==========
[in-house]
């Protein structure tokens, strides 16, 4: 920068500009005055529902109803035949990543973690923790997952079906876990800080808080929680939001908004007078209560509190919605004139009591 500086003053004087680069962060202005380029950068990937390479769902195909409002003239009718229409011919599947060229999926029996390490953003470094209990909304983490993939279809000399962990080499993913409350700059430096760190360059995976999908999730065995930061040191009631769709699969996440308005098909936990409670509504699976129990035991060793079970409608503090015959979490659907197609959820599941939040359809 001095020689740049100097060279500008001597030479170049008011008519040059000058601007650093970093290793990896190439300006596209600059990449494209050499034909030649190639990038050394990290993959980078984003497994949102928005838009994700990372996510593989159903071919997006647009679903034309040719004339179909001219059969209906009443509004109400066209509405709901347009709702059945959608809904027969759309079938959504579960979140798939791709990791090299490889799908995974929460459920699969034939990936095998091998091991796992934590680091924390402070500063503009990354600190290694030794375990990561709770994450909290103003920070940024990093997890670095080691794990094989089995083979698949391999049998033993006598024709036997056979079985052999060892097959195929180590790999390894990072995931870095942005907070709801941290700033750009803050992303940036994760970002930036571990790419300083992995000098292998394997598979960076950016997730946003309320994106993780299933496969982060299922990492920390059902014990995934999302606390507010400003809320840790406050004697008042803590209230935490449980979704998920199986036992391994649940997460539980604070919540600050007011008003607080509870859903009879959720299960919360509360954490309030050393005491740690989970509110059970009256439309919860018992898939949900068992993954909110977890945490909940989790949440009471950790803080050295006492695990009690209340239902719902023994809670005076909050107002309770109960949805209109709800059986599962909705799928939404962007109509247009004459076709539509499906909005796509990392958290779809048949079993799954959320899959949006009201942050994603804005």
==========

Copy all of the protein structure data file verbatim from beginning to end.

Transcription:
[in-house]
């Protein structure tokens, strides 16, 4: 920068500009005055529902109803035949990543973690923790997952079906876990800080808080929680939001908004007078209560509190919605004139009591 500086003053004087680069962060202005380029950068990937390479769902195909409002003239009718229409011919599947060229999926029996390490953003470094209990909304983490993939279809000399962990080499993913409350700059430096760190360059995976999908999730065995930061040191009631769709699969996440308005098909936990409670509504699976129990035991060793079970409608503090015959979490659907197609959820599941939040359809 001095020689740049100097060279500008001597030479170049008011008519040059000058601007650093970093290793990896190439300006596209600059990449494209050499034909030649190639990038050394990290993959980078984003497994949102928005838009994700990372996510593989159903071919997006647009679903034309040719004339179909001219059969209906009443509004109400066209509405709901347009709702059945959608809904027969759309079938959504579960979140798939791709990791090299490889799908995974929460459920699969034939990936095998091998091991796992934590680091924390402070500063503009990354600190290694030794375990990561709770994450909290103003920070940024990093997890670095080691794990094989089995083979698949391999049998033993006598024709036997056979079985052999060892097959195929180590790999390894990072995931870095942005907070709801941290700033750009803050992303940036994760970002930036571990790419300083992995000098292998394997598979960076950016997730946003309320994106993780299933496969982060299922990492920390059902014990995934999302606390507010400003809320840790406050004697008042803590209230935490449980979704998920199986036992391994649940997460539980604070919540600050007011008003607080509870859903009879959720299960919360509360954490309030050393005491740690989970509110059970009256439309919860018992898939949900068992993954909110977890945490909940989790949440009471950790803080050295006492695990009690209340239902719902023994809670005076909050107002309770109960949805209109709800059986599962909705799928939404962007109509247009004459076709539509499906909005796509990392958290779809048949079993799954959320899959949006009201942050994603804005």